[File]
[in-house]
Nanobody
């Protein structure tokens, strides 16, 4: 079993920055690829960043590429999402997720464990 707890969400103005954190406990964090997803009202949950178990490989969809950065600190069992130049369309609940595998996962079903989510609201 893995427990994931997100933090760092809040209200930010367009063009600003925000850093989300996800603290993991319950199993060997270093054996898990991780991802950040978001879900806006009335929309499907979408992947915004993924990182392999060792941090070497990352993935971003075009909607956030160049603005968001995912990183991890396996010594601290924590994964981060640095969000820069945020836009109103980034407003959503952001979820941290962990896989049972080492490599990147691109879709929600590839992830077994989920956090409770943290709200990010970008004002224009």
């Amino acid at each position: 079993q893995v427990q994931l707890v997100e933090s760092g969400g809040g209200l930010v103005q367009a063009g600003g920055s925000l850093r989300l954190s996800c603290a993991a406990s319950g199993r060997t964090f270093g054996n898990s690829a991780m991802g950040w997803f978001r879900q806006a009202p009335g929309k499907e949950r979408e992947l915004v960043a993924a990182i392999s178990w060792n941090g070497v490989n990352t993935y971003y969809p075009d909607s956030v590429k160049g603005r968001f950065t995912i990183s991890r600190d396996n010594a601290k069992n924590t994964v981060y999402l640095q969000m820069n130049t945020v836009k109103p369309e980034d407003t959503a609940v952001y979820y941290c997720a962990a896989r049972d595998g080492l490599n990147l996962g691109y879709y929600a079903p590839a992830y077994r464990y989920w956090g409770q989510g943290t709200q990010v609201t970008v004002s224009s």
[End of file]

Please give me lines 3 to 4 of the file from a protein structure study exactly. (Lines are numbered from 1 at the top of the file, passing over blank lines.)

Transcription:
């Protein structure tokens, strides 16, 4: 079993920055690829960043590429999402997720464990 707890969400103005954190406990964090997803009202949950178990490989969809950065600190069992130049369309609940595998996962079903989510609201 893995427990994931997100933090760092809040209200930010367009063009600003925000850093989300996800603290993991319950199993060997270093054996898990991780991802950040978001879900806006009335929309499907979408992947915004993924990182392999060792941090070497990352993935971003075009909607956030160049603005968001995912990183991890396996010594601290924590994964981060640095969000820069945020836009109103980034407003959503952001979820941290962990896989049972080492490599990147691109879709929600590839992830077994989920956090409770943290709200990010970008004002224009």
């Amino acid at each position: 079993q893995v427990q994931l707890v997100e933090s760092g969400g809040g209200l930010v103005q367009a063009g600003g920055s925000l850093r989300l954190s996800c603290a993991a406990s319950g199993r060997t964090f270093g054996n898990s690829a991780m991802g950040w997803f978001r879900q806006a009202p009335g929309k499907e949950r979408e992947l915004v960043a993924a990182i392999s178990w060792n941090g070497v490989n990352t993935y971003y969809p075009d909607s956030v590429k160049g603005r968001f950065t995912i990183s991890r600190d396996n010594a601290k069992n924590t994964v981060y999402l640095q969000m820069n130049t945020v836009k109103p369309e980034d407003t959503a609940v952001y979820y941290c997720a962990a896989r049972d595998g080492l490599n990147l996962g691109y879709y929600a079903p590839a992830y077994r464990y989920w956090g409770q989510g943290t709200q990010v609201t970008v004002s224009s």